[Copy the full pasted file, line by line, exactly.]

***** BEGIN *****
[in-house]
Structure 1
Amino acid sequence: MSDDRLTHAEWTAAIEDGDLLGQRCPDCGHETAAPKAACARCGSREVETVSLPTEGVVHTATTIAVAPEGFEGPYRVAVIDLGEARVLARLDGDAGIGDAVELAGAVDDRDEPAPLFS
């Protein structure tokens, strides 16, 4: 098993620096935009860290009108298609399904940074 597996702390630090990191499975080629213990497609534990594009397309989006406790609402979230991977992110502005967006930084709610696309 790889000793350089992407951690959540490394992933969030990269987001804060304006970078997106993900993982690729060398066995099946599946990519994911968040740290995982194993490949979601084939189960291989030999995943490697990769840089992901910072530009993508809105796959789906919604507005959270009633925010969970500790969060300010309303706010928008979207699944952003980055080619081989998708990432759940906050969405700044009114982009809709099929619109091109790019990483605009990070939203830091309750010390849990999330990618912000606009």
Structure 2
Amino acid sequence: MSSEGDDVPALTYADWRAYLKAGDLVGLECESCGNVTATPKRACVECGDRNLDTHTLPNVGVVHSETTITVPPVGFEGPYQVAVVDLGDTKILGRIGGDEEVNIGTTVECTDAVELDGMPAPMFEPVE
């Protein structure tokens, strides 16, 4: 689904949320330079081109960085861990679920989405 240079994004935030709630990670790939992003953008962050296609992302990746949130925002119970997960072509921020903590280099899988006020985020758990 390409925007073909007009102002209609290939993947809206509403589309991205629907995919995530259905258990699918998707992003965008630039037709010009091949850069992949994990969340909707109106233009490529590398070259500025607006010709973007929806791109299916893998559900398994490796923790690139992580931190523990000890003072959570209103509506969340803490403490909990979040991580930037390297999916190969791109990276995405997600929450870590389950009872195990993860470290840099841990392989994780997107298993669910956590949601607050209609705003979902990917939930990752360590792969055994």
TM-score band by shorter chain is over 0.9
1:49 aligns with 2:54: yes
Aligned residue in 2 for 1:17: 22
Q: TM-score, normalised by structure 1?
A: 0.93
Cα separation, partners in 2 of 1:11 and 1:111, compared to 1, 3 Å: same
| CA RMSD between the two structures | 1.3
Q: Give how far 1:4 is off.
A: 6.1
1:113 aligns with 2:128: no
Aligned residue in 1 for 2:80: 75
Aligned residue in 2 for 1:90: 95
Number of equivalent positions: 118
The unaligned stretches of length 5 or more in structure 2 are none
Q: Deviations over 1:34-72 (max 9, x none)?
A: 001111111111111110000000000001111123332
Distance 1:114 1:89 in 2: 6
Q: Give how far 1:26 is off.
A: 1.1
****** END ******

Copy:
[in-house]
Structure 1
Amino acid sequence: MSDDRLTHAEWTAAIEDGDLLGQRCPDCGHETAAPKAACARCGSREVETVSLPTEGVVHTATTIAVAPEGFEGPYRVAVIDLGEARVLARLDGDAGIGDAVELAGAVDDRDEPAPLFS
């Protein structure tokens, strides 16, 4: 098993620096935009860290009108298609399904940074 597996702390630090990191499975080629213990497609534990594009397309989006406790609402979230991977992110502005967006930084709610696309 790889000793350089992407951690959540490394992933969030990269987001804060304006970078997106993900993982690729060398066995099946599946990519994911968040740290995982194993490949979601084939189960291989030999995943490697990769840089992901910072530009993508809105796959789906919604507005959270009633925010969970500790969060300010309303706010928008979207699944952003980055080619081989998708990432759940906050969405700044009114982009809709099929619109091109790019990483605009990070939203830091309750010390849990999330990618912000606009």
Structure 2
Amino acid sequence: MSSEGDDVPALTYADWRAYLKAGDLVGLECESCGNVTATPKRACVECGDRNLDTHTLPNVGVVHSETTITVPPVGFEGPYQVAVVDLGDTKILGRIGGDEEVNIGTTVECTDAVELDGMPAPMFEPVE
């Protein structure tokens, strides 16, 4: 689904949320330079081109960085861990679920989405 240079994004935030709630990670790939992003953008962050296609992302990746949130925002119970997960072509921020903590280099899988006020985020758990 390409925007073909007009102002209609290939993947809206509403589309991205629907995919995530259905258990699918998707992003965008630039037709010009091949850069992949994990969340909707109106233009490529590398070259500025607006010709973007929806791109299916893998559900398994490796923790690139992580931190523990000890003072959570209103509506969340803490403490909990979040991580930037390297999916190969791109990276995405997600929450870590389950009872195990993860470290840099841990392989994780997107298993669910956590949601607050209609705003979902990917939930990752360590792969055994």
TM-score band by shorter chain is over 0.9
1:49 aligns with 2:54: yes
Aligned residue in 2 for 1:17: 22
Q: TM-score, normalised by structure 1?
A: 0.93
Cα separation, partners in 2 of 1:11 and 1:111, compared to 1, 3 Å: same
| CA RMSD between the two structures | 1.3
Q: Give how far 1:4 is off.
A: 6.1
1:113 aligns with 2:128: no
Aligned residue in 1 for 2:80: 75
Aligned residue in 2 for 1:90: 95
Number of equivalent positions: 118
The unaligned stretches of length 5 or more in structure 2 are none
Q: Deviations over 1:34-72 (max 9, x none)?
A: 001111111111111110000000000001111123332
Distance 1:114 1:89 in 2: 6
Q: Give how far 1:26 is off.
A: 1.1